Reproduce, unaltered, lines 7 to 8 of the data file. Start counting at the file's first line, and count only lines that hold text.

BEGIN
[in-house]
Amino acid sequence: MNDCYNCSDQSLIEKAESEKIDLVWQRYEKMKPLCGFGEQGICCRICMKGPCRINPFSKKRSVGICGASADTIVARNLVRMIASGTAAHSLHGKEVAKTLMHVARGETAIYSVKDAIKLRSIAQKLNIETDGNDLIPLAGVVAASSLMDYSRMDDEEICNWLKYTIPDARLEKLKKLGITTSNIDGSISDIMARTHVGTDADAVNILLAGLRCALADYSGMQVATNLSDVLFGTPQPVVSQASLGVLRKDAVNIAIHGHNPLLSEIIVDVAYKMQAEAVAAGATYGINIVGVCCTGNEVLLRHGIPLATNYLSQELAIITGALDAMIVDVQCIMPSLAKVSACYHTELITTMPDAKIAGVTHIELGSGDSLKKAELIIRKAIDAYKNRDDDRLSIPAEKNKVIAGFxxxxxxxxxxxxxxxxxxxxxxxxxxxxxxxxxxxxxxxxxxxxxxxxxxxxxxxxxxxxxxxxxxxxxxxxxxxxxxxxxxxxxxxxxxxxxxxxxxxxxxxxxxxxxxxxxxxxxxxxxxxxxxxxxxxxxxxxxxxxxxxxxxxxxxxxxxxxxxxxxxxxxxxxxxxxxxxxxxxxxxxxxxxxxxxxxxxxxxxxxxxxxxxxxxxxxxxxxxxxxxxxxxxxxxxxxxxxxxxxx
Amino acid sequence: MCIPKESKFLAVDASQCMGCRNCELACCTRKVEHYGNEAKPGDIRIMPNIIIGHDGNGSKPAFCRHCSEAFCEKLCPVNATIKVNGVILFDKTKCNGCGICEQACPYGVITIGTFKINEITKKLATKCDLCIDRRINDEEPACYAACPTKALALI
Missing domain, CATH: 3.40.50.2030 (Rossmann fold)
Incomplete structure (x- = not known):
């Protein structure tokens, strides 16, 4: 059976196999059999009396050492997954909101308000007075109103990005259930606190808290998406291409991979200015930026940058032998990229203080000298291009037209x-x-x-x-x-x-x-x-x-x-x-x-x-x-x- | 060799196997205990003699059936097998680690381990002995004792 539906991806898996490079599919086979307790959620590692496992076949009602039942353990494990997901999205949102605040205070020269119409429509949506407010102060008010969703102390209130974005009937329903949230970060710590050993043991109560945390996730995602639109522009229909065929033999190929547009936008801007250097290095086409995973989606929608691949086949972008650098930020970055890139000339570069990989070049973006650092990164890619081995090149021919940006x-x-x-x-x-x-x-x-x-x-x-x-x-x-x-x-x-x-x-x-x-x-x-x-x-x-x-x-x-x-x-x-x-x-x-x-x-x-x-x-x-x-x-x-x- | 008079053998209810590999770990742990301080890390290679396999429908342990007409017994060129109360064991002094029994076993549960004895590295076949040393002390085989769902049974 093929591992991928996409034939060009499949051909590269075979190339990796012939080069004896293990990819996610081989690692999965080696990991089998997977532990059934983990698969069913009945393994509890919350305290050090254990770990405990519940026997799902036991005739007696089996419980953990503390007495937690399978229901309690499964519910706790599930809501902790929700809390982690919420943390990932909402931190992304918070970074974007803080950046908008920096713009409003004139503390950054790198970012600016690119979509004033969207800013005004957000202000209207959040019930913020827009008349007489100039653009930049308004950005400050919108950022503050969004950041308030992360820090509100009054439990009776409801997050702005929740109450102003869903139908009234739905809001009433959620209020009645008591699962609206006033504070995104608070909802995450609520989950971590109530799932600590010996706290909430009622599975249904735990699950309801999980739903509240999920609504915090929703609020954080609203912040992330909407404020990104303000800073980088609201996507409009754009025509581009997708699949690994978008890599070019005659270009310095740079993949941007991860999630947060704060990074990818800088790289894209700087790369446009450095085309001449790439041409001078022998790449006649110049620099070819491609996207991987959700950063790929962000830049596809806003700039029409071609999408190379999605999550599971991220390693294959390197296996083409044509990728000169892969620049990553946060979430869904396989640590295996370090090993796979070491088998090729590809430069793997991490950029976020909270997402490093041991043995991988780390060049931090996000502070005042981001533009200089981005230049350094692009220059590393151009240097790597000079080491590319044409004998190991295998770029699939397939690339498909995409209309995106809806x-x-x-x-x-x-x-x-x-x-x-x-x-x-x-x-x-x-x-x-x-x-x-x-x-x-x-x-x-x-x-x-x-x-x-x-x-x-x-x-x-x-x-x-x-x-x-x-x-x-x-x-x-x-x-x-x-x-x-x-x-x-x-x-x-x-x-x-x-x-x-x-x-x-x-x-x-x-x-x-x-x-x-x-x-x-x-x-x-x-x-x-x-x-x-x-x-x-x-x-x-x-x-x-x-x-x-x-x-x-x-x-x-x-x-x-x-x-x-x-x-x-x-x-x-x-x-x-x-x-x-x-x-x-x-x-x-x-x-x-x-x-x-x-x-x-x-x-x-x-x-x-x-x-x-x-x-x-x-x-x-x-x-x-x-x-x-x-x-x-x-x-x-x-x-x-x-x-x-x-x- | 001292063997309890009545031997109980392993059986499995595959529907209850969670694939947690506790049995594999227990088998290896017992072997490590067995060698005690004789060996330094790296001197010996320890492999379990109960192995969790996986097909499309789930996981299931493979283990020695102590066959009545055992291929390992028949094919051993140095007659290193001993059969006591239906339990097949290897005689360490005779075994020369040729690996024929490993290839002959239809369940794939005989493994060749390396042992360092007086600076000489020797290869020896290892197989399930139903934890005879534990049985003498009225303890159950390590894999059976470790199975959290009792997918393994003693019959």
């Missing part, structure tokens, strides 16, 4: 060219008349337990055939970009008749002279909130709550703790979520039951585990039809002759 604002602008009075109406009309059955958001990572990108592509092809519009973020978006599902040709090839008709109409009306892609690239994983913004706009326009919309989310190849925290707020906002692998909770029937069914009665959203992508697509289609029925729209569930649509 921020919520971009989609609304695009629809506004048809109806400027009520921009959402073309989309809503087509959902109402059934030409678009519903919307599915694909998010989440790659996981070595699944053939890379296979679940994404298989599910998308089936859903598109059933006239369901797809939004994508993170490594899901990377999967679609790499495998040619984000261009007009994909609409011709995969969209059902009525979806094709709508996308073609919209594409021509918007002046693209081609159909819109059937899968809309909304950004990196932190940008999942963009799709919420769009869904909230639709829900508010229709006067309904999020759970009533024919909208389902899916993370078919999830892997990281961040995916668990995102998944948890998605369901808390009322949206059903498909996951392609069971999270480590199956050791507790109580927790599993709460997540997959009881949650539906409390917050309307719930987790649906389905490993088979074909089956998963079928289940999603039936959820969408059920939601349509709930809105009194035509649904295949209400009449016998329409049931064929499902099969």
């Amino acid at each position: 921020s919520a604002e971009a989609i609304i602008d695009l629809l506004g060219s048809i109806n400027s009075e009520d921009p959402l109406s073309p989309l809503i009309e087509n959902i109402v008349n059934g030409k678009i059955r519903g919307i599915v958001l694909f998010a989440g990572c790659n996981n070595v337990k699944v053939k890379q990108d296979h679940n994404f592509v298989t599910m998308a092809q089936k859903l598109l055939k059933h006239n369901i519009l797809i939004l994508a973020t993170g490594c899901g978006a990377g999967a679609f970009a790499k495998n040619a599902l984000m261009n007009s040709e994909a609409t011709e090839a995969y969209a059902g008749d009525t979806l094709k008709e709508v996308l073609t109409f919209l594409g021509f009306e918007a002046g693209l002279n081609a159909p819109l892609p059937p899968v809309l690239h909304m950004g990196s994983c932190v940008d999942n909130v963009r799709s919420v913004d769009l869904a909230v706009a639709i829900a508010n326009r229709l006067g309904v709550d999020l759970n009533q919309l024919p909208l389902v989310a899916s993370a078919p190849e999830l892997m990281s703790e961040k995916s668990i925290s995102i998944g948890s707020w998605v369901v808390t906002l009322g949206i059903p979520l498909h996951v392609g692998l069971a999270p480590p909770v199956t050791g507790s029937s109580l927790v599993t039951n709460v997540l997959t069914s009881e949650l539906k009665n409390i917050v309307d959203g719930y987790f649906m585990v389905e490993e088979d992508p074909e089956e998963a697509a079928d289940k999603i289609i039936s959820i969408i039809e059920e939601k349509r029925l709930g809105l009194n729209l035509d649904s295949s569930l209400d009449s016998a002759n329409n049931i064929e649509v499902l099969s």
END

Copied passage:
């Missing part, structure tokens, strides 16, 4: 060219008349337990055939970009008749002279909130709550703790979520039951585990039809002759 604002602008009075109406009309059955958001990572990108592509092809519009973020978006599902040709090839008709109409009306892609690239994983913004706009326009919309989310190849925290707020906002692998909770029937069914009665959203992508697509289609029925729209569930649509 921020919520971009989609609304695009629809506004048809109806400027009520921009959402073309989309809503087509959902109402059934030409678009519903919307599915694909998010989440790659996981070595699944053939890379296979679940994404298989599910998308089936859903598109059933006239369901797809939004994508993170490594899901990377999967679609790499495998040619984000261009007009994909609409011709995969969209059902009525979806094709709508996308073609919209594409021509918007002046693209081609159909819109059937899968809309909304950004990196932190940008999942963009799709919420769009869904909230639709829900508010229709006067309904999020759970009533024919909208389902899916993370078919999830892997990281961040995916668990995102998944948890998605369901808390009322949206059903498909996951392609069971999270480590199956050791507790109580927790599993709460997540997959009881949650539906409390917050309307719930987790649906389905490993088979074909089956998963079928289940999603039936959820969408059920939601349509709930809105009194035509649904295949209400009449016998329409049931064929499902099969």
């Amino acid at each position: 921020s919520a604002e971009a989609i609304i602008d695009l629809l506004g060219s048809i109806n400027s009075e009520d921009p959402l109406s073309p989309l809503i009309e087509n959902i109402v008349n059934g030409k678009i059955r519903g919307i599915v958001l694909f998010a989440g990572c790659n996981n070595v337990k699944v053939k890379q990108d296979h679940n994404f592509v298989t599910m998308a092809q089936k859903l598109l055939k059933h006239n369901i519009l797809i939004l994508a973020t993170g490594c899901g978006a990377g999967a679609f970009a790499k495998n040619a599902l984000m261009n007009s040709e994909a609409t011709e090839a995969y969209a059902g008749d009525t979806l094709k008709e709508v996308l073609t109409f919209l594409g021509f009306e918007a002046g693209l002279n081609a159909p819109l892609p059937p899968v809309l690239h909304m950004g990196s994983c932190v940008d999942n909130v963009r799709s919420v913004d769009l869904a909230v706009a639709i829900a508010n326009r229709l006067g309904v709550d999020l759970n009533q919309l024919p909208l389902v989310a899916s993370a078919p190849e999830l892997m990281s703790e961040k995916s668990i925290s995102i998944g948890s707020w998605v369901v808390t906002l009322g949206i059903p979520l498909h996951v392609g692998l069971a999270p480590p909770v199956t050791g507790s029937s109580l927790v599993t039951n709460v997540l997959t069914s009881e949650l539906k009665n409390i917050v309307d959203g719930y987790f649906m585990v389905e490993e088979d992508p074909e089956e998963a697509a079928d289940k999603i289609i039936s959820i969408i039809e059920e939601k349509r029925l709930g809105l009194n729209l035509d649904s295949s569930l209400d009449s016998a002759n329409n049931i064929e649509v499902l099969s």